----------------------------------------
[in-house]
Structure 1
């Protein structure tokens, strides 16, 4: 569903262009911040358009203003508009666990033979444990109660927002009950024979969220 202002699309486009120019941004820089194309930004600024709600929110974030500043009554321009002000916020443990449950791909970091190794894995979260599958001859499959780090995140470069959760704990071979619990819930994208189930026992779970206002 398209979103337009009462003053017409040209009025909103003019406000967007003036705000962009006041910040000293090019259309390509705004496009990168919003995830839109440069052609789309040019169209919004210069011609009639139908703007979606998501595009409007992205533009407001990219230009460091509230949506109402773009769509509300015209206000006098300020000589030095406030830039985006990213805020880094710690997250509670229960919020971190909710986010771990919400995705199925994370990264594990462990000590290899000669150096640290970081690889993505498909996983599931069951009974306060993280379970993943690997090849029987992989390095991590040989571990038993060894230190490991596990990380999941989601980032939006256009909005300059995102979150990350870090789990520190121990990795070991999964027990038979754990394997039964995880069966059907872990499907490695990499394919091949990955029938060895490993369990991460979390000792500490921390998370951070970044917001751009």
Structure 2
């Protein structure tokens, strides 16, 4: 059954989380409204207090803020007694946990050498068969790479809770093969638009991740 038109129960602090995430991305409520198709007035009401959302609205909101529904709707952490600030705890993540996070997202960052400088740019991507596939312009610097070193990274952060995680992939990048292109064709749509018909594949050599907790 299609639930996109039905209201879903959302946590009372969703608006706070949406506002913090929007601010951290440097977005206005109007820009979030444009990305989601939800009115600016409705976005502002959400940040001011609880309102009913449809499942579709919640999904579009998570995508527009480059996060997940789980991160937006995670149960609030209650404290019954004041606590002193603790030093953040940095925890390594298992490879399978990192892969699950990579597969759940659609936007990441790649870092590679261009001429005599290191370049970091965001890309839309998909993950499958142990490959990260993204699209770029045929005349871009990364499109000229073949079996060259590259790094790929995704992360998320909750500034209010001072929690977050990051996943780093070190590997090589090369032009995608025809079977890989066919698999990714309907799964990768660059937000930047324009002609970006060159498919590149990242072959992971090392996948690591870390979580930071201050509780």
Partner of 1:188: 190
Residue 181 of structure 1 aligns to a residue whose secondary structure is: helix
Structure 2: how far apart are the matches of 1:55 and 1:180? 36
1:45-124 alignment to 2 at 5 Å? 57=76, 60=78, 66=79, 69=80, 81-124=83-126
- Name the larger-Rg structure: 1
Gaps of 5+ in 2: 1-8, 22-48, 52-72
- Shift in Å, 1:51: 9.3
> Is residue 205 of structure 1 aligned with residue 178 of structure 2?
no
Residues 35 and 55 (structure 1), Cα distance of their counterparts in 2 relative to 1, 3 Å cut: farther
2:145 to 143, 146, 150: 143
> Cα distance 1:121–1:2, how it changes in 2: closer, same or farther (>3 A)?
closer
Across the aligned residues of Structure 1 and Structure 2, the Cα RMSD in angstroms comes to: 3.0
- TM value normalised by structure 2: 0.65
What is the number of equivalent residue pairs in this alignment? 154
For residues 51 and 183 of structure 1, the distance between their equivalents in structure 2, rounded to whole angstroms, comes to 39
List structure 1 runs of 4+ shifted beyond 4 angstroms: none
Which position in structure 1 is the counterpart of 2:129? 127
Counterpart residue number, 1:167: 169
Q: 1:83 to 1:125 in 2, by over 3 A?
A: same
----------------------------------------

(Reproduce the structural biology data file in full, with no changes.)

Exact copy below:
[in-house]
Structure 1
């Protein structure tokens, strides 16, 4: 569903262009911040358009203003508009666990033979444990109660927002009950024979969220 202002699309486009120019941004820089194309930004600024709600929110974030500043009554321009002000916020443990449950791909970091190794894995979260599958001859499959780090995140470069959760704990071979619990819930994208189930026992779970206002 398209979103337009009462003053017409040209009025909103003019406000967007003036705000962009006041910040000293090019259309390509705004496009990168919003995830839109440069052609789309040019169209919004210069011609009639139908703007979606998501595009409007992205533009407001990219230009460091509230949506109402773009769509509300015209206000006098300020000589030095406030830039985006990213805020880094710690997250509670229960919020971190909710986010771990919400995705199925994370990264594990462990000590290899000669150096640290970081690889993505498909996983599931069951009974306060993280379970993943690997090849029987992989390095991590040989571990038993060894230190490991596990990380999941989601980032939006256009909005300059995102979150990350870090789990520190121990990795070991999964027990038979754990394997039964995880069966059907872990499907490695990499394919091949990955029938060895490993369990991460979390000792500490921390998370951070970044917001751009």
Structure 2
């Protein structure tokens, strides 16, 4: 059954989380409204207090803020007694946990050498068969790479809770093969638009991740 038109129960602090995430991305409520198709007035009401959302609205909101529904709707952490600030705890993540996070997202960052400088740019991507596939312009610097070193990274952060995680992939990048292109064709749509018909594949050599907790 299609639930996109039905209201879903959302946590009372969703608006706070949406506002913090929007601010951290440097977005206005109007820009979030444009990305989601939800009115600016409705976005502002959400940040001011609880309102009913449809499942579709919640999904579009998570995508527009480059996060997940789980991160937006995670149960609030209650404290019954004041606590002193603790030093953040940095925890390594298992490879399978990192892969699950990579597969759940659609936007990441790649870092590679261009001429005599290191370049970091965001890309839309998909993950499958142990490959990260993204699209770029045929005349871009990364499109000229073949079996060259590259790094790929995704992360998320909750500034209010001072929690977050990051996943780093070190590997090589090369032009995608025809079977890989066919698999990714309907799964990768660059937000930047324009002609970006060159498919590149990242072959992971090392996948690591870390979580930071201050509780």
Partner of 1:188: 190
Residue 181 of structure 1 aligns to a residue whose secondary structure is: helix
Structure 2: how far apart are the matches of 1:55 and 1:180? 36
1:45-124 alignment to 2 at 5 Å? 57=76, 60=78, 66=79, 69=80, 81-124=83-126
- Name the larger-Rg structure: 1
Gaps of 5+ in 2: 1-8, 22-48, 52-72
- Shift in Å, 1:51: 9.3
> Is residue 205 of structure 1 aligned with residue 178 of structure 2?
no
Residues 35 and 55 (structure 1), Cα distance of their counterparts in 2 relative to 1, 3 Å cut: farther
2:145 to 143, 146, 150: 143
> Cα distance 1:121–1:2, how it changes in 2: closer, same or farther (>3 A)?
closer
Across the aligned residues of Structure 1 and Structure 2, the Cα RMSD in angstroms comes to: 3.0
- TM value normalised by structure 2: 0.65
What is the number of equivalent residue pairs in this alignment? 154
For residues 51 and 183 of structure 1, the distance between their equivalents in structure 2, rounded to whole angstroms, comes to 39
List structure 1 runs of 4+ shifted beyond 4 angstroms: none
Which position in structure 1 is the counterpart of 2:129? 127
Counterpart residue number, 1:167: 169
Q: 1:83 to 1:125 in 2, by over 3 A?
A: same